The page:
Cichlidiot (cich·lid·i·ot)

Fishkeeping for the masses

  • cich·lid : Any of various tropical and subtropical freshwater fishes of the family Cichlidae, many of which are popular as aquarium fish
  • id·i·ot : A foolish or stupid person
  • All original content is © 2006-2007 Cichlidiot.

Sad State of Affairs

Posted by cichlidiot on December 29, 2006

On the way home from work today, I stopped by the SM Megamall branch of Bio Research, the Philippines’ largest chain of pet shops, for some fish food. As I was waiting in line, I noticed one of the staff packing up six juvenile Aequidens rivulatus in one bag for some poor unsuspecting customer. After politely telling him that I didn’t think that this was acceptable, he retorted that the fish were just skittish because they were stressed from being bagged.

I can’t help but wonder why the management team of Bio Research, which has such a dominating position in the industry, doesn’t see the merits of properly training and educating employees on topics such as proper fish care, at the very least. I would think that these people understand the basic principles of economics and business, and how the company stands to gain a lot more with a complement of knowledgeable staff, as compared to the status quo. Just take the case of the lady that purchased the six juvenile Aequidens rivulatus. There is a reason why this fish is called the Green Terror, after all, and I’m sure that at least one of them will die before 2007 is over, simply because the lady didn’t seem to know what she was getting herself into by buying this particular cichlid. Furthermore, there is a strong likelihood that this lady’s aquarium will see more deaths since she did not purchase an aquarium, meaning she probably already has an established tank with some community fish in it. In the short-term, Bio Research made a sale of P600, or the equivalent of $12. Now, if the unsuspecting lady who bought these fish gives up on fishkeeping as a hobby due to frustration over the death of her fish, then Bio Research has just lost another potential “regular” who could have easily brought in around P500 to P1,000 in revenues annually. Even if she doesn’t abandon fishkeeping altogether, chances are, her dissatisfaction with Bio Research will probably make her shop somewhere else.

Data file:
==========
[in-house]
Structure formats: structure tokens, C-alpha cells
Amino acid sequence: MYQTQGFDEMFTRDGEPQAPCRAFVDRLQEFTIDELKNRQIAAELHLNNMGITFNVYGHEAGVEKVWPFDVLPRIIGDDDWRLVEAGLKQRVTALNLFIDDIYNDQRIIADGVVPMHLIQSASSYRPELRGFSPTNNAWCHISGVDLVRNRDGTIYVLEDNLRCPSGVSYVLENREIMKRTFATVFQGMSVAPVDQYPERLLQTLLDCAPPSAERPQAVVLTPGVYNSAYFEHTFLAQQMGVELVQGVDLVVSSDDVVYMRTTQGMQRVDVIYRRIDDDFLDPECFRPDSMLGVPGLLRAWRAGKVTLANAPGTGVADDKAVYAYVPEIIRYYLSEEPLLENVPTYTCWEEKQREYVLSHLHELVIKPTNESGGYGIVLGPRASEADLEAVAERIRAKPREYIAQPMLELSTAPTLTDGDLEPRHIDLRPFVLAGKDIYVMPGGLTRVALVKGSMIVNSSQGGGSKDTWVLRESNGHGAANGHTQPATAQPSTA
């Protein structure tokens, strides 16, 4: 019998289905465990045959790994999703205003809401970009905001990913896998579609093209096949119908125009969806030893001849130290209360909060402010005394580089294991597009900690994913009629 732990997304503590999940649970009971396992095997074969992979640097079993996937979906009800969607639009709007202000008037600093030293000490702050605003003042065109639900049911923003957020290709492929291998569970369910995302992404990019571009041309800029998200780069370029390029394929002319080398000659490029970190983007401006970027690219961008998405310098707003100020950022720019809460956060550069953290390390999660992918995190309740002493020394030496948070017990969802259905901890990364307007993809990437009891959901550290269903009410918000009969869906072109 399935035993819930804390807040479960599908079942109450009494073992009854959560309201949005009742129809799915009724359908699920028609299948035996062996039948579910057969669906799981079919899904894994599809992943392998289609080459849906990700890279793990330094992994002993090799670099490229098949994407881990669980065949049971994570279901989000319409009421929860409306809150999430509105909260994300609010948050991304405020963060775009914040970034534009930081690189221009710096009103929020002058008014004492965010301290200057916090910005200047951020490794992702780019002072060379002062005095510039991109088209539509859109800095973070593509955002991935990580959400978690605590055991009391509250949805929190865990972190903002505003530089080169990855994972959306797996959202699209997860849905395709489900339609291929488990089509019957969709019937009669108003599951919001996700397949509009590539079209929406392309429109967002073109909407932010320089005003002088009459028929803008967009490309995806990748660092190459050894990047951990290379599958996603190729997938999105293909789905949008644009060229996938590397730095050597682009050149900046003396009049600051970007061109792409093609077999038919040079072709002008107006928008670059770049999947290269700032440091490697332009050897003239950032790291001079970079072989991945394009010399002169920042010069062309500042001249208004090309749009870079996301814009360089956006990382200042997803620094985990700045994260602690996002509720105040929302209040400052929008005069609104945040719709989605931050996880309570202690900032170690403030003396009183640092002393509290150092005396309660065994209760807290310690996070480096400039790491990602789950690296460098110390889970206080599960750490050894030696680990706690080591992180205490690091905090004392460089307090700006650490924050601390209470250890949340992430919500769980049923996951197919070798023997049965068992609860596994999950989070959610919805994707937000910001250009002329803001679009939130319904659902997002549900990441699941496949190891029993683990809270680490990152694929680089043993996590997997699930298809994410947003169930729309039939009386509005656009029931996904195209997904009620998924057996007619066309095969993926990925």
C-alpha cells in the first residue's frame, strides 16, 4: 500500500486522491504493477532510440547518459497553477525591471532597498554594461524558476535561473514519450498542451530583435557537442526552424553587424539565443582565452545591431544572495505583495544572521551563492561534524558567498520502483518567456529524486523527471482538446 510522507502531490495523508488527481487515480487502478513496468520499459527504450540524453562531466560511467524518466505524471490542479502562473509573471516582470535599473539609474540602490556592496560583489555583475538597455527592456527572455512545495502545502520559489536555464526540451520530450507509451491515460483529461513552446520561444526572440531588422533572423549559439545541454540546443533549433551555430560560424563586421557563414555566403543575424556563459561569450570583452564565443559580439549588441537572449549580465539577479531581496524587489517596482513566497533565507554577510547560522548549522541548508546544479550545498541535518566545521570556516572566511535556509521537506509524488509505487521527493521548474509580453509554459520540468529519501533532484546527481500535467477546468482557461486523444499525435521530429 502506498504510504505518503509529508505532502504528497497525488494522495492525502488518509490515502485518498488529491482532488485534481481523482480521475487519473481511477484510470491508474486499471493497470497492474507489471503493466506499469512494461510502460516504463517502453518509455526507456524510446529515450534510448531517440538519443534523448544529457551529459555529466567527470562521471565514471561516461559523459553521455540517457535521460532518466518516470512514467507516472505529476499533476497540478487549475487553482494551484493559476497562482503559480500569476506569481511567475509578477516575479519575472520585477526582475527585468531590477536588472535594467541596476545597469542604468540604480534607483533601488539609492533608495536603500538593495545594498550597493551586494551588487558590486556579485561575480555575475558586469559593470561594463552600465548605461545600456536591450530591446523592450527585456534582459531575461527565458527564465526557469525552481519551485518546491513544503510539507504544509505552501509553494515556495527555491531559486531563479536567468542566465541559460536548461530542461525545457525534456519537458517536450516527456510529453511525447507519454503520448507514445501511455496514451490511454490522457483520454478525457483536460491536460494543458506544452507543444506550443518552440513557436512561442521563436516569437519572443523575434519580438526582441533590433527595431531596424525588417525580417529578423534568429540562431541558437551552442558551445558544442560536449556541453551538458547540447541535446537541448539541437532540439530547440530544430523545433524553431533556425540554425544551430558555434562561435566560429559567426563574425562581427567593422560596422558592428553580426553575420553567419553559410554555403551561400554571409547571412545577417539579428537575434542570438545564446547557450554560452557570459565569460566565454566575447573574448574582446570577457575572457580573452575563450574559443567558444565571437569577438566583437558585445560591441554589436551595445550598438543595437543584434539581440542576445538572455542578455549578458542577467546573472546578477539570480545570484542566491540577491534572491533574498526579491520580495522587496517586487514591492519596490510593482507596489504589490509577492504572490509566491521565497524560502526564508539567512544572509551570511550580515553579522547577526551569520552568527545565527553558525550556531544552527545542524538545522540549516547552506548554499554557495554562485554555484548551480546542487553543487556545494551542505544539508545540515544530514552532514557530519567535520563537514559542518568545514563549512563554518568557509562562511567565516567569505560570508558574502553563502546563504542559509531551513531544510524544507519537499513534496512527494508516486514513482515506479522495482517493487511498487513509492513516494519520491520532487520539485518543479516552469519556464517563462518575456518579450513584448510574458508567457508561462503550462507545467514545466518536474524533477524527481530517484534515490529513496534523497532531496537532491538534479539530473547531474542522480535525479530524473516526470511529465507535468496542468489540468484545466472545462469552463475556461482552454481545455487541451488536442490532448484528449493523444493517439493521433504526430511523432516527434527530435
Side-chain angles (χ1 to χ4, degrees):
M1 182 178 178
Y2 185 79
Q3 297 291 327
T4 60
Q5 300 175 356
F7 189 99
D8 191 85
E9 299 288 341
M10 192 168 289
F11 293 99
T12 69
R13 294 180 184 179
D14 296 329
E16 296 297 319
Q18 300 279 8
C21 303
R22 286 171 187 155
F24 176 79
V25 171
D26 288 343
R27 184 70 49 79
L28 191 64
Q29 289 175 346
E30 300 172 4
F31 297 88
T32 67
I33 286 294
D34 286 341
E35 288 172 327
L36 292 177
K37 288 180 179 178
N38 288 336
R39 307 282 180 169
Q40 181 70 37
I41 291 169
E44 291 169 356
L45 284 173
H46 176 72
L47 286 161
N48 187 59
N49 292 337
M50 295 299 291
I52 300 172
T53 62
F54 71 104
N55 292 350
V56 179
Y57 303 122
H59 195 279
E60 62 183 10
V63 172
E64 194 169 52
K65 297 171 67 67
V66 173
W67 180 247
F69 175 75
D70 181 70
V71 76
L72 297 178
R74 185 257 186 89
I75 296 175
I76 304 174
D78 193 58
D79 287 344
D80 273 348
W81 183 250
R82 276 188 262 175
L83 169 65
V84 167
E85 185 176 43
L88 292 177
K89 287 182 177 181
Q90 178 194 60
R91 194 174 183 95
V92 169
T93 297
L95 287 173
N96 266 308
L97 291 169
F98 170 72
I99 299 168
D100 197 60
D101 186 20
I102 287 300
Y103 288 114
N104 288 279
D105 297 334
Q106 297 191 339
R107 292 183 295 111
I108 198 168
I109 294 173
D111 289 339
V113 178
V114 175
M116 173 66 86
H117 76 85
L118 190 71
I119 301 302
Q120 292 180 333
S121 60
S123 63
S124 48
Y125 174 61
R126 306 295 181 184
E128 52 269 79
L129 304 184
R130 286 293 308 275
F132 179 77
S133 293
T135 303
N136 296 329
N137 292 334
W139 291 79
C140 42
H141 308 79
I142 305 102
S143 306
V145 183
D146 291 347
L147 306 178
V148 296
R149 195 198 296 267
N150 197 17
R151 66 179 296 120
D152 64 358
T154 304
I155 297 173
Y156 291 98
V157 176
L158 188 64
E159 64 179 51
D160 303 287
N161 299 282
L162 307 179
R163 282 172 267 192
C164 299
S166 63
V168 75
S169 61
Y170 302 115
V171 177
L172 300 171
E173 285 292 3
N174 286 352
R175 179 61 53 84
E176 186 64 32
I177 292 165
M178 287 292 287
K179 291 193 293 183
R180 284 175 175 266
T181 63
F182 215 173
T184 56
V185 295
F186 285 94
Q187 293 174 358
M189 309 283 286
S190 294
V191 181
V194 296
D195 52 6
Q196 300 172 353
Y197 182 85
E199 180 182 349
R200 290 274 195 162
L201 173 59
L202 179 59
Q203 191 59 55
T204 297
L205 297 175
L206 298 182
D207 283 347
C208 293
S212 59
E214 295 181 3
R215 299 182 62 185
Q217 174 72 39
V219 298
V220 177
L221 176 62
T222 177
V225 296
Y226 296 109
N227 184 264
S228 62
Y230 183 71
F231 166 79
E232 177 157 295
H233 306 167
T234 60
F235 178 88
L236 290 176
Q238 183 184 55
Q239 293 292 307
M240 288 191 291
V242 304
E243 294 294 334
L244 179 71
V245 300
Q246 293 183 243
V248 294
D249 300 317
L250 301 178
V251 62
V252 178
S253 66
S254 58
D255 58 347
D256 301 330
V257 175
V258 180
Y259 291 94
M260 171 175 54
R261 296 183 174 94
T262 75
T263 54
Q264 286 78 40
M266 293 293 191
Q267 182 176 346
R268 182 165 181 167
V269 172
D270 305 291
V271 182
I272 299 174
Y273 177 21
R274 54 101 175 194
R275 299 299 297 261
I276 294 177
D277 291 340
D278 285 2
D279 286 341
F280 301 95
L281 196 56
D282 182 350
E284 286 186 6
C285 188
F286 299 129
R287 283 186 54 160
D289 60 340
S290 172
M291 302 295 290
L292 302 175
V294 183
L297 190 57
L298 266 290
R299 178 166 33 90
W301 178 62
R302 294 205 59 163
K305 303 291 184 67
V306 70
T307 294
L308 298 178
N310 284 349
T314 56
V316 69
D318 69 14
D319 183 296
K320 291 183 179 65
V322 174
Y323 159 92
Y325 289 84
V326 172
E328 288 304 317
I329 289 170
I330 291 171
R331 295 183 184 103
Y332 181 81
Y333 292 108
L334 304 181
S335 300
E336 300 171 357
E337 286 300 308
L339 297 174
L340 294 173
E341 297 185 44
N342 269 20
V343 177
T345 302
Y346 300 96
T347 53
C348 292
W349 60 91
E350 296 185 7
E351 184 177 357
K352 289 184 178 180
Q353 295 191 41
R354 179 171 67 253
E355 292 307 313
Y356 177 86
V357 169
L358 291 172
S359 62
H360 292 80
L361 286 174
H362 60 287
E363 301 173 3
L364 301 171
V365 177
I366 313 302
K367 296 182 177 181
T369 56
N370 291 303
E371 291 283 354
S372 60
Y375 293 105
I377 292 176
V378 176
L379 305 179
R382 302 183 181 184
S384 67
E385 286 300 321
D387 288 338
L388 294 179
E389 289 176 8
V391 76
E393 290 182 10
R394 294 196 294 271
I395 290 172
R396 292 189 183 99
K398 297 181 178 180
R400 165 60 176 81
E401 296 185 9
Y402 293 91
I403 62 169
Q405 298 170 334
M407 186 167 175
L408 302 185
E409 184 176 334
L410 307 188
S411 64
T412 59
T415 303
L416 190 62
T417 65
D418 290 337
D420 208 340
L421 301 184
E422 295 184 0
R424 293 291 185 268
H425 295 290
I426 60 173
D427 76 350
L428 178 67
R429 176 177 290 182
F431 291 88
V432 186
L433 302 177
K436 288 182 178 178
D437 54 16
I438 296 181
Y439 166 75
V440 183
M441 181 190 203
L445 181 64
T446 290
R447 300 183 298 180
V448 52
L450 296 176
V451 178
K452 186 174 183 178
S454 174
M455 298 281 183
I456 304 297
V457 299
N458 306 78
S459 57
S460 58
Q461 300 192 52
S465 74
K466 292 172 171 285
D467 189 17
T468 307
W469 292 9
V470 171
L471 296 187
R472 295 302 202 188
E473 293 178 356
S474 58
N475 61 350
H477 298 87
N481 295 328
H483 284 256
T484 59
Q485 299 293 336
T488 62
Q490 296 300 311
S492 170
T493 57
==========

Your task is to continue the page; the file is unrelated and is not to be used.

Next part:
Among the hobbyists I know, only a few have decidedly good experiences with Bio Research. I can’t imagine just how much potential revenue the management of Bio Research is giving up by neglecting to properly train the company’s employees. Considering that it is in their best interest to promote fishkeeping as a hobby, it’s a pity that stuff like this has to happen. Hopefully, they figure things out sooner than later.

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4 Responses to “Sad State of Affairs”

  1. A few weeks ago, I bought a fully-decorated 5-gallon aquarium with an under-gravel filter from the same branch of Bio Research for Php 1,500. I decided to buy a 2.5 inch Red/White Oranda. The saleslady suggested that I buy two 1 inch telescope goldfish and packed them together into the same bag. She also suggested that I buy some goldfish food, a bottle of methylene blue, and an anti-chlorine solution. My total bill came to PhP 2,000. I thought it would be such a nifty thing to own a fish tank for the first time and not have to worry about how to assemble everything myself.